First of all...Happy March! It‘s my birthday month. Woot woot! Now that that most relevant announcement has been made we can proceed.
Call me crazy. Call me antiquated. Call me whatever you want to call me, but there was a time - not so long ago, when people were taught to “Put a difference between clean and unclean; between holy and unholy.” (Lev 10:10) We (me along with the circle of peeps I had the privilege to grow up around) were also taught: “Do not love the world or anything in the world. If anyone loves the world, the love for the Father is not in them.” (1John 2:15)
Well... what exactly is this writer talking about when he references “anything in the world,” because that’s literally impossible right? If you keep reading, that question is answered explicity and in great detail so that there is no confusion. He breaks it down by saying “the lust of the flesh, the lust of the eyes, and the pride of life.” Ok, so what the heck is that?” you may still be asking. You should check it out for yourself when you have a moment, but on the surface the lust of the flesh is pretty self explanatory. So is the lust of the eyes, and unfortunately there is plenty to see nowadays, even on prime time television. I won’t give examples: because I’d hate to call the names of some of your favorite artists... (cough cough) “Lizzo.”
Lust of the flesh is not just ankles and thighs though... it also refers to the endless display of stuff we see that keeps us spinning on the hamster wheel to have more physical possessions, having our own way, and being deemed important by our peers (who really don’t matter much anyway). It can be endless. It’s not only tangible things, but mostly a wrong attitude of the heart.
This passage closes by telling us that this world is passing away (catch the present tense, not WILL PASS away.) and with it goes shameful pursuits and ungodly longings, but the one who does the will of God and carries out His purposes will live forever. What I’m trying to figure out is when that changed. 🧐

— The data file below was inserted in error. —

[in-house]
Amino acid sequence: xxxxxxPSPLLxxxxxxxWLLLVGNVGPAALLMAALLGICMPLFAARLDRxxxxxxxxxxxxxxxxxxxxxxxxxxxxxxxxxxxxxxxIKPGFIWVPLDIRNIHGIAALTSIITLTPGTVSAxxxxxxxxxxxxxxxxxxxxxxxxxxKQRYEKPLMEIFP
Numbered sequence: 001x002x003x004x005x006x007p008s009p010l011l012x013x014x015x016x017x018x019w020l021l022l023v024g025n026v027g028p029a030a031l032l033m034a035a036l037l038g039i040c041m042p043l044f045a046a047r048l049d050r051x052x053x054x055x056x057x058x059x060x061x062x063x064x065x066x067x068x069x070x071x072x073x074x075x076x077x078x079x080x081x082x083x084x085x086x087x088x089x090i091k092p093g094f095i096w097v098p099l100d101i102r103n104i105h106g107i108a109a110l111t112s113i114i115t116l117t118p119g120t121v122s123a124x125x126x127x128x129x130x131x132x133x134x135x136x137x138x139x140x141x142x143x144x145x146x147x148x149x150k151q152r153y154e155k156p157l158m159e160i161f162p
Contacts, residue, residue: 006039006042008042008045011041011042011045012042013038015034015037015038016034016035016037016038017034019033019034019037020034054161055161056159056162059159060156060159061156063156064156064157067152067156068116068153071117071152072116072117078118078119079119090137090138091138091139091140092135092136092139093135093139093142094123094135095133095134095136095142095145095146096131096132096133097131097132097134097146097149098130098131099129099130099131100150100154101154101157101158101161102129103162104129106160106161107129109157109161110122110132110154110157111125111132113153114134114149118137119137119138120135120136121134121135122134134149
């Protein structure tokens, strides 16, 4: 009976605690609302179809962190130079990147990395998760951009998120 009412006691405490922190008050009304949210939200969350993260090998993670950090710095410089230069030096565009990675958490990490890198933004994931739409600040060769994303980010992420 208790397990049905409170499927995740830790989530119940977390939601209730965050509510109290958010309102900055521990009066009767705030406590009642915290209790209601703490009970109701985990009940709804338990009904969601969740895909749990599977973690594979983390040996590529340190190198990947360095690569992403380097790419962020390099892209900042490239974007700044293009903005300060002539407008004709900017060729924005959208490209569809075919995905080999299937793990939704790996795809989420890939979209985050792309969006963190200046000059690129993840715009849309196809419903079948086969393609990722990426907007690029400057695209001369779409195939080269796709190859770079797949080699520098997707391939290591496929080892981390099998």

Or did it?
It is most confusing to me as a believer to barely be able to distinguish between someone who follows the teachings of Christ, and someone who does not even know what they are; let alone carry them out. Is it just me or have the lines become very blurred?
This is not an attempt on my part to isolate or ostracize any particular group of people, but if I can‘t tell the difference, is it logical to think that a soul who is lost and seeking to find their way can distinquish? When I’m lost I am looking for road signs to point me in the right direction. What if they all read exactly the same? I’m still lost, right? Who does that lost sheep go to for wise counsel, or for prayer, when you - (the one who says they live for Jesus) lifestyle matches parallel to someone who could care less about Jesus?
You go to the club, they go to the club.
You “sip” every weekend beyond your limit, they get wasted every day. You cohabitate with your boo, and they do as well.
You cuss people out on the job at the drop of a hat..... and.....
I’m just asking... for a friend (inserts air quotes.) I think we need to step back as the Body of Christ, the Ecclessia, the called out, the chosen ones, and ask ourselves some very pertinent questions. Actually, it is not the questions that are hard, as much as giving ourselves honest answers is. THIS kind of straight-no chaser truth is very unpopular teaching- I am well aware of that. It’s not preached or taught very much anymore,, but I want you to pay close attention to what is coming across pulpits every week. Look at the sermon series topics yourself to identify what you see and hear, then judge for yourself. People can never do better until they know better.
In my heart I truly believe there is such a strong effort to make people feel comfortable that preachers are neglecting to give the necessary truths. Inclusivity seems to be a trending thing right now. Not making people feel isolated is what seems to be significant, but it is crucial in these last days (yes I believe we are living in the last days) that leaders stand tall and not be cowards. We must learn to strike the proper balance of speaking the TRUTH in LOVE that Ephesians 4:15 tells us to get right.
Too much truth (presented unlovingly) comes across as mean, harsh and legalistic. Too much LOVE feeeeels nice, but will prove to be useless in the end when people perish. In your own time and private devotion (I hope you do have that), ask yourself if you are guilty of loving this world and the things of this world. Has your focus shifted from eternity? It does not happen over night, rather it tends to be a slow gradual drift. Enjoy your life, live well, and have fun when you can, but in doing so don’t forget what truly matters most. Yes, this is a charge.
Maybe somebody else’s blog will give you butterflies and cotton candy on this first Monday of March. ILU still.